He’s not flashy, he’s not loud, he’s not controversial, but Texas Rangers manager Buck Showalter does have one thing in common with his highly-respected peers: winning.
Much like his managing style, Showalter has built his winning reputation from the ground up. After almost 10 years in the Yankees minor league system, Showalter moved to the major league level and eventually took over as manager for New York in 1992. Despite the big city spotlight and success, Showalter has surprisingly been flying under the media radar. That’s, in part, due to timing and Showalter’s unwavering managerial philosophy. He does not compromise.
In his first year as a manager for the New York Yankees he was 76-86. Then, he followed with three straight winning seasons and a playoff appearance in 1995 and was promptly fired for refusing to fire his coaching staff. Showalter didn’t feel it was a fair decision to fire the coaches, so he took the axe from Steinbrenner. His actions speak volumes about his approach.
Showalter has a formula. It’s not a secret formula, there are no magic tricks, no Bill Jamesian sabermetrics logarithms playing a dominant role. Showalter simply identifies the strengths and weaknesses and begins auditioning talent to fill the holes.
Through his career – regardless of affiliation – Showalter has applied the same philosophy, a philosophy that once ruled baseball, then took a back seat to the emergence of free agency, and has been revived over the last two major league seasons. It’s a system that, in time, builds a winner through scouting, talent evaluation and player development.
It’s a system that requires talent – and patience, to which ownership and fans have none. Over time, baseball has lost revenue and fan support using the “win now” formula. Higher payrolls, aging talent, less excitement, higher ticket prices equaled lower attendance, more debt and no improvement.
There’s no better example than Showalter’s current project in Texas. Showalter took over a group of overpaid underachievers in 2003 and the transformation of building a winner is unfolding right now under the lights at The Ballpark in Arlington.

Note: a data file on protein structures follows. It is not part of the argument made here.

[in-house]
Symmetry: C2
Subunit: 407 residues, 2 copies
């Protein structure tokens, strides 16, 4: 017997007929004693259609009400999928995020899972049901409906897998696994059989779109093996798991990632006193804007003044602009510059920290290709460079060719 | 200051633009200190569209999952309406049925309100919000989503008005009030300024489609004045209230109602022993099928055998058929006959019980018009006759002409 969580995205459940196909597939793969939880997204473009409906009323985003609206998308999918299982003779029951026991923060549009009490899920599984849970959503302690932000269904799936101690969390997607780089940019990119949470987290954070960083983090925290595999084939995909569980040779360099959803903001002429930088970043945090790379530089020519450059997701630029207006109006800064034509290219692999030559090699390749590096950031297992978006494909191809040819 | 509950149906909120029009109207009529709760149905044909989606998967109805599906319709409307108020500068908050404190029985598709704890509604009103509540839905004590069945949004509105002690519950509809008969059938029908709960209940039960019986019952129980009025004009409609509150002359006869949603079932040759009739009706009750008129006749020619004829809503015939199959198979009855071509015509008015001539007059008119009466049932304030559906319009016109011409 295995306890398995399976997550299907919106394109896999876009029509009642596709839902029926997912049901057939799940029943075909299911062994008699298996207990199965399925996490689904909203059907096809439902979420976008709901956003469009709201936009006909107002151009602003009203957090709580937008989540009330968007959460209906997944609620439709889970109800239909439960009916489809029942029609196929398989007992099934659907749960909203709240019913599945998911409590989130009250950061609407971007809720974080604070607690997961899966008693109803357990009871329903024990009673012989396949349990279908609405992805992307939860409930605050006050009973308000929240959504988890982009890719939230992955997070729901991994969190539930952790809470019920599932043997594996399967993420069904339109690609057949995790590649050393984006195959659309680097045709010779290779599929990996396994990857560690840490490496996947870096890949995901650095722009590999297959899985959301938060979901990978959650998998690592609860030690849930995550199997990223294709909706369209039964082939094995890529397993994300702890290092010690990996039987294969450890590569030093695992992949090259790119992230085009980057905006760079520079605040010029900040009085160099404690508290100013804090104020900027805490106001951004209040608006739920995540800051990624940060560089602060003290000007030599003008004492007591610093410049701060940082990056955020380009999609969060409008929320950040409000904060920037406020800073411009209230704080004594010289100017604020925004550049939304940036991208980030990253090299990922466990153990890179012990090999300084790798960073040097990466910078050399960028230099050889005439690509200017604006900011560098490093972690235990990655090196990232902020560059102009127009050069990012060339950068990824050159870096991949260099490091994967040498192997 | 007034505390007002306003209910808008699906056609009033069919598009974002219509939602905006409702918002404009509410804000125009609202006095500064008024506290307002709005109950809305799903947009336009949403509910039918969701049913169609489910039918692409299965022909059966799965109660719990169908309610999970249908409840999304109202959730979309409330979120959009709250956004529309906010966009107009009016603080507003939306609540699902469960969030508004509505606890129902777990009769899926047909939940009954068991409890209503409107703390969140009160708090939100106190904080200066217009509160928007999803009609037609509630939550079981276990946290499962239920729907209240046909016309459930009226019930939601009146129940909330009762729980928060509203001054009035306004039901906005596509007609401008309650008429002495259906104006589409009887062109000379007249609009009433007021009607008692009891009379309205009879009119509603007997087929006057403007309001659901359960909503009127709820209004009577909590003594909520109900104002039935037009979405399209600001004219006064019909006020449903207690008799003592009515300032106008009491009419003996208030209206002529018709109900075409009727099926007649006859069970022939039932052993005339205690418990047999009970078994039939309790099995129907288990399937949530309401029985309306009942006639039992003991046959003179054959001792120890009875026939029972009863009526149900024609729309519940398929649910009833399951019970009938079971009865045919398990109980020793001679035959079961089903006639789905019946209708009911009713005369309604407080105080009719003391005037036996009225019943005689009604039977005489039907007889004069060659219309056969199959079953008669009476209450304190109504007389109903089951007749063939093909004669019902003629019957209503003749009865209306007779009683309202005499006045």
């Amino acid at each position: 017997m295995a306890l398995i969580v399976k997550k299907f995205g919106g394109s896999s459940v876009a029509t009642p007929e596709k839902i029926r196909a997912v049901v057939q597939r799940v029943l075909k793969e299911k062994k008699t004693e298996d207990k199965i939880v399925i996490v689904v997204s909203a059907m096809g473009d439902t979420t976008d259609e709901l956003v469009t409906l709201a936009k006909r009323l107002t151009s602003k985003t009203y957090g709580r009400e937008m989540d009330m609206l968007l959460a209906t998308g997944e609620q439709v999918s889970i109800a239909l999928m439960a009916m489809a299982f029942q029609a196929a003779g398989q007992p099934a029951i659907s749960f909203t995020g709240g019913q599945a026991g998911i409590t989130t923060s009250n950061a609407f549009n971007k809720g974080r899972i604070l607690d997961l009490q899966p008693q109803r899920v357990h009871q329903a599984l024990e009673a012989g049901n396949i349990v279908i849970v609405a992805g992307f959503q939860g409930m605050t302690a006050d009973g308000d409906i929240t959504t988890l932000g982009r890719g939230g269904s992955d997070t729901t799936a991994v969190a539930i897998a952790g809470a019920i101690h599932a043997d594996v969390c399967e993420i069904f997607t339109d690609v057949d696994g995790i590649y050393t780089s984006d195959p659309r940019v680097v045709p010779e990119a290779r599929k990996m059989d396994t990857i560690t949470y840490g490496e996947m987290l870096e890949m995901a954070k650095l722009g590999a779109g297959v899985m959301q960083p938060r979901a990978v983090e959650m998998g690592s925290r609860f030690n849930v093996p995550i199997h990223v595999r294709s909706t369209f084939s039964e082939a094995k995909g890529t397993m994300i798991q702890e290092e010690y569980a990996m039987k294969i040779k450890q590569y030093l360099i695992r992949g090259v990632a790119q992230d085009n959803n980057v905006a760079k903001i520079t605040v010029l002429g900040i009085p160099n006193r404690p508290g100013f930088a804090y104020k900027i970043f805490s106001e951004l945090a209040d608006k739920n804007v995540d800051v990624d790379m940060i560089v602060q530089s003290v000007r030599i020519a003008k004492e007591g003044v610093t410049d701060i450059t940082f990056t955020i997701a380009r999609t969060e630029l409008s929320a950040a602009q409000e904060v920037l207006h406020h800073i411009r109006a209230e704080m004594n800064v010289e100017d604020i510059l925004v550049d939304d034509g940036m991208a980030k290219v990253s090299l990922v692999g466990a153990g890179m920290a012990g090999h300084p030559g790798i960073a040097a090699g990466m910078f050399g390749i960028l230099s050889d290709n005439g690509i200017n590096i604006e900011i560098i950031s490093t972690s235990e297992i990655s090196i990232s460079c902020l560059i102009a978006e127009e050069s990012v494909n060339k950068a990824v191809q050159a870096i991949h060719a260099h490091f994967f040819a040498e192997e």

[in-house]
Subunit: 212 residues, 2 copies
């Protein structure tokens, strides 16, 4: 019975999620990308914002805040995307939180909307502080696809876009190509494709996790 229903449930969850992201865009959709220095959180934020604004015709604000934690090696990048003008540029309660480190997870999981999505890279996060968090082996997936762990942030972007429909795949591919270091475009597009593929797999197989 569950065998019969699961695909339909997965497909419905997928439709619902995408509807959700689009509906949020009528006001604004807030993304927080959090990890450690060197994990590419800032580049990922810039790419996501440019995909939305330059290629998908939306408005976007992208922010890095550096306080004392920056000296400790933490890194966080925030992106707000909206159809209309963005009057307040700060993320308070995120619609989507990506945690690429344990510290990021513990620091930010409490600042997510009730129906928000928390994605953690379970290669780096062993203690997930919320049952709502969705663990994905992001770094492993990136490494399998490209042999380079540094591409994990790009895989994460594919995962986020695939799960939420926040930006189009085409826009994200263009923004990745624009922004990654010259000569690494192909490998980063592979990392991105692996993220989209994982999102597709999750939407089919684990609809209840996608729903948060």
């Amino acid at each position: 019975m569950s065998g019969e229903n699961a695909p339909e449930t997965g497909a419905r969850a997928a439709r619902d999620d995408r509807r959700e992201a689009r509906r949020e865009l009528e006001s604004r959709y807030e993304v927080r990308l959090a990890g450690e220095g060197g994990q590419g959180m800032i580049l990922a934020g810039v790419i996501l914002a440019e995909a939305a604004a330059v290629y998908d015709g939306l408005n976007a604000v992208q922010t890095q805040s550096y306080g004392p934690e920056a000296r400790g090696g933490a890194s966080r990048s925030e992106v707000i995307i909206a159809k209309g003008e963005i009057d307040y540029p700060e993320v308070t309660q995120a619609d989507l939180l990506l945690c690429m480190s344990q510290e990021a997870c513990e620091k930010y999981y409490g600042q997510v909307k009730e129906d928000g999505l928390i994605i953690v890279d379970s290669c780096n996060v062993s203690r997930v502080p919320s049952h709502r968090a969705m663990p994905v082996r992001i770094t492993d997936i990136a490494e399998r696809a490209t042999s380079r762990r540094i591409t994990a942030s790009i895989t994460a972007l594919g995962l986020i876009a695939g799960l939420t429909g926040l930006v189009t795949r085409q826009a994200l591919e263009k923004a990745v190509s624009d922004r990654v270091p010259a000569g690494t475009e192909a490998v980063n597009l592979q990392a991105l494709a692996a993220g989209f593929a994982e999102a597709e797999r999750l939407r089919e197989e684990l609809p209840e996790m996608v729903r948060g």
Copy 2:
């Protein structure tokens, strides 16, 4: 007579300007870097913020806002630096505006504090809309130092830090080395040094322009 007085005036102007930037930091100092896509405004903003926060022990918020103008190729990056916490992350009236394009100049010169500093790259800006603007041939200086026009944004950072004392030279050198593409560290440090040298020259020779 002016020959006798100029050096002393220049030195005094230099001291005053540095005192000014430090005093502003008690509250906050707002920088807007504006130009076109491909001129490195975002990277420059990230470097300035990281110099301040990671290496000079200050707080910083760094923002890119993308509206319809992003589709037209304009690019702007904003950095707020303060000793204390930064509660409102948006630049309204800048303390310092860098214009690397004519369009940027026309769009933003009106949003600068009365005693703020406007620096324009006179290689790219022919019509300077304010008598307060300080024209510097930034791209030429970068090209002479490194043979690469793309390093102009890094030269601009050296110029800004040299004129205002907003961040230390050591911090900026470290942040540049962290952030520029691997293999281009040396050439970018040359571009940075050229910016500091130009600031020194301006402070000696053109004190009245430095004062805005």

The process isn’t always smooth. This past winter’s unpopular decisions to move Alex Rodriguez and longtime fan-favorite Rafael Palmeiro left fans and critics confused. Showalter and Texas owner John Hicks shed payroll, abandoned the free agent game and started replacing aging veterans with younger, aggressive, hungry athletes.
The Rangers are coming of age as a result. The infusion of Hank Blalock (.337-4-18), Laynce Nix (.365-5-14), Michael Young (.368-3-14) and Mark Texeira, has sparked the Rangers offense. The team leads the majors in batting (.316), the only team hitting over .300 through April. Even more surprising, Showalter has the Texas pitching staff third in the American League in ERA (4.31), trailing pitching-heavy Boston (2.95) and Oakland (4.05).
The 2004 Rangers team have bought into the Showalter philosophy. Showalter told the team before the April 5 season opener in Oakland, “regardless of what happens this year, I want them to have fun,” said Showalter. “I want them to seize the moment. I want them to start making memories that will stay with them for the rest of their lives. Sometimes the climb can be just as exhilarating as being on top of the mountain.”
The climb has just begun in Texas – and it has been exhilarating. The Rangers finish the first month of the 2004 season in first place at 13-9, one-half game ahead of the favored Angels.
Showalter’s success in Texas is no surprise to insiders who know him but it sure has been a pleasant surprise to fans in Texas, who expected another pitching-poor team trying to rebuild. Instead, Showalter’s early success in 2004 has players and fans believing, sprouting an air of confidence over Texas.